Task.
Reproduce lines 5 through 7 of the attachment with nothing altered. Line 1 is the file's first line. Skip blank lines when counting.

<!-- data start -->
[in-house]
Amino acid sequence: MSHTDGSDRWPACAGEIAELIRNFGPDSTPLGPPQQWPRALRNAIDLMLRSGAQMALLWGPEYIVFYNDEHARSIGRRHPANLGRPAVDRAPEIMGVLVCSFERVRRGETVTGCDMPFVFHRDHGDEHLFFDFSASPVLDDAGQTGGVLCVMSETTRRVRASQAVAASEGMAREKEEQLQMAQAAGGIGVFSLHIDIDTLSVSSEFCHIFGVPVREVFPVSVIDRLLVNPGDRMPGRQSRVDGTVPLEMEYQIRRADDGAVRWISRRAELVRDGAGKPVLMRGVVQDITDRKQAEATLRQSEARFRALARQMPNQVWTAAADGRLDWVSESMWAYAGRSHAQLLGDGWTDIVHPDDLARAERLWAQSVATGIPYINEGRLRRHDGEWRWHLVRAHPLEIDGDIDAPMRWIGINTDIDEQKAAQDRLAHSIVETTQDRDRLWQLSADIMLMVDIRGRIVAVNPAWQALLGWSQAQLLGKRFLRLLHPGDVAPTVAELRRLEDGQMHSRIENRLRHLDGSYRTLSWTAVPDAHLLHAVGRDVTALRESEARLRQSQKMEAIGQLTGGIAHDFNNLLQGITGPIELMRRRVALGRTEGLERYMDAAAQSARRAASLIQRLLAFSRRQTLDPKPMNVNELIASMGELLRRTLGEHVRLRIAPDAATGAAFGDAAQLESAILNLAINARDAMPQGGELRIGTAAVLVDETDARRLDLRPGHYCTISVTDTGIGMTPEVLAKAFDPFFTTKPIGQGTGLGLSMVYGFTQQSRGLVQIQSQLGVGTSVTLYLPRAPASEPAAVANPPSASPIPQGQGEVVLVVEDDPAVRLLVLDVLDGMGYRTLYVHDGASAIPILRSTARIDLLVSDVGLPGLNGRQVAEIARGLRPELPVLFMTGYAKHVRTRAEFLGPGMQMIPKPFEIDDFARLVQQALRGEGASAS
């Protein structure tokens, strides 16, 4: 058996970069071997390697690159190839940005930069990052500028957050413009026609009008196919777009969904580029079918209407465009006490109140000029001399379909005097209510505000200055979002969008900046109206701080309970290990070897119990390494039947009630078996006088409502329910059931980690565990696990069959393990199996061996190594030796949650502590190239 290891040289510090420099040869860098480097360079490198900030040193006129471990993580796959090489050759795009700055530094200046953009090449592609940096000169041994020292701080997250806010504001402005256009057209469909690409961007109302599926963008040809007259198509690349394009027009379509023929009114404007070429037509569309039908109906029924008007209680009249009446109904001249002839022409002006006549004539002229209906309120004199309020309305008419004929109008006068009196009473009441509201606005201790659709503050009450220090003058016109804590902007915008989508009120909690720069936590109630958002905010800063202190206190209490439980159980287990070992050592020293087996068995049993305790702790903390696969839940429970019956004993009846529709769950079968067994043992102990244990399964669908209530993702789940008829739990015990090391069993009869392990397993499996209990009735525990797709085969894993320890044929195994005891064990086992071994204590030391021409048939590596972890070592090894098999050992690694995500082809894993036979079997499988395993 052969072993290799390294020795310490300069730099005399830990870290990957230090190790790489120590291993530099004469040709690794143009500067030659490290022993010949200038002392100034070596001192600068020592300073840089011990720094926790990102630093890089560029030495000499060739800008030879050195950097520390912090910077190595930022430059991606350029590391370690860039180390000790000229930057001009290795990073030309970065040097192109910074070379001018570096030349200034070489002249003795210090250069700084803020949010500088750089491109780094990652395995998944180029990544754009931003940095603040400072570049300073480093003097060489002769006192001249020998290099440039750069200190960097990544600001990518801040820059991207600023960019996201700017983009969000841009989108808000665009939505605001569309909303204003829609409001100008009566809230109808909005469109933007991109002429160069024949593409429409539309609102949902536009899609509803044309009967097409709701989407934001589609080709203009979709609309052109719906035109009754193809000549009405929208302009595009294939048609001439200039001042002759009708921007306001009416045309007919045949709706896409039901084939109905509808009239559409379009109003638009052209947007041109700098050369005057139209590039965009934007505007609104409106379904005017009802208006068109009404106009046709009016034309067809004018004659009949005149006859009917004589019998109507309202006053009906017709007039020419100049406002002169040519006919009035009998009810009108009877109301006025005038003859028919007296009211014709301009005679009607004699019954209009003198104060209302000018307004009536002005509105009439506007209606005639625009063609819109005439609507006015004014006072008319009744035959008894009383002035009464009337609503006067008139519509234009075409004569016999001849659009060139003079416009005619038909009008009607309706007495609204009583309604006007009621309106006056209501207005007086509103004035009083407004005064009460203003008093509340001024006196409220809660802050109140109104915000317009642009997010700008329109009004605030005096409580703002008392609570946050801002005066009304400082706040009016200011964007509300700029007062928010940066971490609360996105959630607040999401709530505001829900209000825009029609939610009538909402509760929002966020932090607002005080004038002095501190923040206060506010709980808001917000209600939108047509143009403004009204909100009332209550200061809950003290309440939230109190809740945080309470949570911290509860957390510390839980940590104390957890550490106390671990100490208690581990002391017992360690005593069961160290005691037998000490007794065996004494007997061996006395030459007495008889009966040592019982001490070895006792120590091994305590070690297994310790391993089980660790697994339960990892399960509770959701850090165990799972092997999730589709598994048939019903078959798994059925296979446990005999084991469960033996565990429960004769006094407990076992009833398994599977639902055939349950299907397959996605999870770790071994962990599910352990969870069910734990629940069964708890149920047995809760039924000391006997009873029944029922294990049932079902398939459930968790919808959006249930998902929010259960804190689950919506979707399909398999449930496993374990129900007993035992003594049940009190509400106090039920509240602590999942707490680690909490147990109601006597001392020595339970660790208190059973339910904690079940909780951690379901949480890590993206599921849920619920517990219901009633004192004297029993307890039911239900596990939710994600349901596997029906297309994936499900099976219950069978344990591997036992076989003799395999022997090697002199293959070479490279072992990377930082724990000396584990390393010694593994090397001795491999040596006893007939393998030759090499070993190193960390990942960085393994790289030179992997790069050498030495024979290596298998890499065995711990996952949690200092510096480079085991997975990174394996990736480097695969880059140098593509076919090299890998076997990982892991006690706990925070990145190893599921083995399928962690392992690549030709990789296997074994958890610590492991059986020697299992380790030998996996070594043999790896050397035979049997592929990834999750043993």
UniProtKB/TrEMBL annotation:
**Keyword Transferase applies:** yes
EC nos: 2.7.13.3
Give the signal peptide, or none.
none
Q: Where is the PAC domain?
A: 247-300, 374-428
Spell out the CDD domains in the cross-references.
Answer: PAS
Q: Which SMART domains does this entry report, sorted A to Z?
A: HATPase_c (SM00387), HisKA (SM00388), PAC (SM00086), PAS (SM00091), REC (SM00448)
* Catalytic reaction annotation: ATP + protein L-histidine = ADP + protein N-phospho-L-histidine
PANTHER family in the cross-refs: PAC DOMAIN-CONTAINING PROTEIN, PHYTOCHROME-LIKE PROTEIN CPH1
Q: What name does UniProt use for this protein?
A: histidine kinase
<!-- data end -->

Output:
**Keyword Transferase applies:** yes
EC nos: 2.7.13.3
Give the signal peptide, or none.